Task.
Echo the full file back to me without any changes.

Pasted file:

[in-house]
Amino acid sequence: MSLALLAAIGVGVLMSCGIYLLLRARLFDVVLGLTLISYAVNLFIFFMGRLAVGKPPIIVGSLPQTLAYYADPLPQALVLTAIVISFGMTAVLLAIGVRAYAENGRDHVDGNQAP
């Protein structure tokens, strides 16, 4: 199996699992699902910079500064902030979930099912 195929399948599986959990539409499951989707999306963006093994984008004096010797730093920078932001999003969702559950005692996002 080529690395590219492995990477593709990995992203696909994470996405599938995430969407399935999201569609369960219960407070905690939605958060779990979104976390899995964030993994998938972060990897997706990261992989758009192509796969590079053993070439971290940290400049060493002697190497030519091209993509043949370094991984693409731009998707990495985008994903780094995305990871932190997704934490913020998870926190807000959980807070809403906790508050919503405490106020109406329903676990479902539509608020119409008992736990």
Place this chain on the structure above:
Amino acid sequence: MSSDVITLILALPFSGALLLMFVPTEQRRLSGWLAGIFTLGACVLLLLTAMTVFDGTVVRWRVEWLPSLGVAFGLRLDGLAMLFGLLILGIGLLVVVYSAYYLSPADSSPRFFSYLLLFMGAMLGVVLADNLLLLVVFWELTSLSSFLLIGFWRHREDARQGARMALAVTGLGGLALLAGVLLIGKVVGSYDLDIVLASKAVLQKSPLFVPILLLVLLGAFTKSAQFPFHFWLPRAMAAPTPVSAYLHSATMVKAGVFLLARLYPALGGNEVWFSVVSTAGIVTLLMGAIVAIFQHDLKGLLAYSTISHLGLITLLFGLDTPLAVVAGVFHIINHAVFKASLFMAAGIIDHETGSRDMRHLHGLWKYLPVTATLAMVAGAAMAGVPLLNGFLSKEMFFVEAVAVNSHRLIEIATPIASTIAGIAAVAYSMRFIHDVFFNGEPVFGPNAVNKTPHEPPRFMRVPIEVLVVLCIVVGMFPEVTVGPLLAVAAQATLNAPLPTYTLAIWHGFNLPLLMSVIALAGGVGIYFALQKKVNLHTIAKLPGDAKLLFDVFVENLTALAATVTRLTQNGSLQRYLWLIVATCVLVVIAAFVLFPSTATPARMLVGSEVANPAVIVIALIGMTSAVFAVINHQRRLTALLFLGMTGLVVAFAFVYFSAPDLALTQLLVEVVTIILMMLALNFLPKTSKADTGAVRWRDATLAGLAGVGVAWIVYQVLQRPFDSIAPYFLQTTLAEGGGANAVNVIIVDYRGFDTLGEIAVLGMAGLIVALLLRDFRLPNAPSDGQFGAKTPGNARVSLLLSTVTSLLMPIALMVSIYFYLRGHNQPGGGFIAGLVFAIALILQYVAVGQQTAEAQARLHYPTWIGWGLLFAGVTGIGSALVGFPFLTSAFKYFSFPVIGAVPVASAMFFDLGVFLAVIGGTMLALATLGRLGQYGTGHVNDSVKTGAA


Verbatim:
[in-house]
Amino acid sequence: MSLALLAAIGVGVLMSCGIYLLLRARLFDVVLGLTLISYAVNLFIFFMGRLAVGKPPIIVGSLPQTLAYYADPLPQALVLTAIVISFGMTAVLLAIGVRAYAENGRDHVDGNQAP
């Protein structure tokens, strides 16, 4: 199996699992699902910079500064902030979930099912 195929399948599986959990539409499951989707999306963006093994984008004096010797730093920078932001999003969702559950005692996002 080529690395590219492995990477593709990995992203696909994470996405599938995430969407399935999201569609369960219960407070905690939605958060779990979104976390899995964030993994998938972060990897997706990261992989758009192509796969590079053993070439971290940290400049060493002697190497030519091209993509043949370094991984693409731009998707990495985008994903780094995305990871932190997704934490913020998870926190807000959980807070809403906790508050919503405490106020109406329903676990479902539509608020119409008992736990």
Place this chain on the structure above:
Amino acid sequence: MSSDVITLILALPFSGALLLMFVPTEQRRLSGWLAGIFTLGACVLLLLTAMTVFDGTVVRWRVEWLPSLGVAFGLRLDGLAMLFGLLILGIGLLVVVYSAYYLSPADSSPRFFSYLLLFMGAMLGVVLADNLLLLVVFWELTSLSSFLLIGFWRHREDARQGARMALAVTGLGGLALLAGVLLIGKVVGSYDLDIVLASKAVLQKSPLFVPILLLVLLGAFTKSAQFPFHFWLPRAMAAPTPVSAYLHSATMVKAGVFLLARLYPALGGNEVWFSVVSTAGIVTLLMGAIVAIFQHDLKGLLAYSTISHLGLITLLFGLDTPLAVVAGVFHIINHAVFKASLFMAAGIIDHETGSRDMRHLHGLWKYLPVTATLAMVAGAAMAGVPLLNGFLSKEMFFVEAVAVNSHRLIEIATPIASTIAGIAAVAYSMRFIHDVFFNGEPVFGPNAVNKTPHEPPRFMRVPIEVLVVLCIVVGMFPEVTVGPLLAVAAQATLNAPLPTYTLAIWHGFNLPLLMSVIALAGGVGIYFALQKKVNLHTIAKLPGDAKLLFDVFVENLTALAATVTRLTQNGSLQRYLWLIVATCVLVVIAAFVLFPSTATPARMLVGSEVANPAVIVIALIGMTSAVFAVINHQRRLTALLFLGMTGLVVAFAFVYFSAPDLALTQLLVEVVTIILMMLALNFLPKTSKADTGAVRWRDATLAGLAGVGVAWIVYQVLQRPFDSIAPYFLQTTLAEGGGANAVNVIIVDYRGFDTLGEIAVLGMAGLIVALLLRDFRLPNAPSDGQFGAKTPGNARVSLLLSTVTSLLMPIALMVSIYFYLRGHNQPGGGFIAGLVFAIALILQYVAVGQQTAEAQARLHYPTWIGWGLLFAGVTGIGSALVGFPFLTSAFKYFSFPVIGAVPVASAMFFDLGVFLAVIGGTMLALATLGRLGQYGTGHVNDSVKTGAA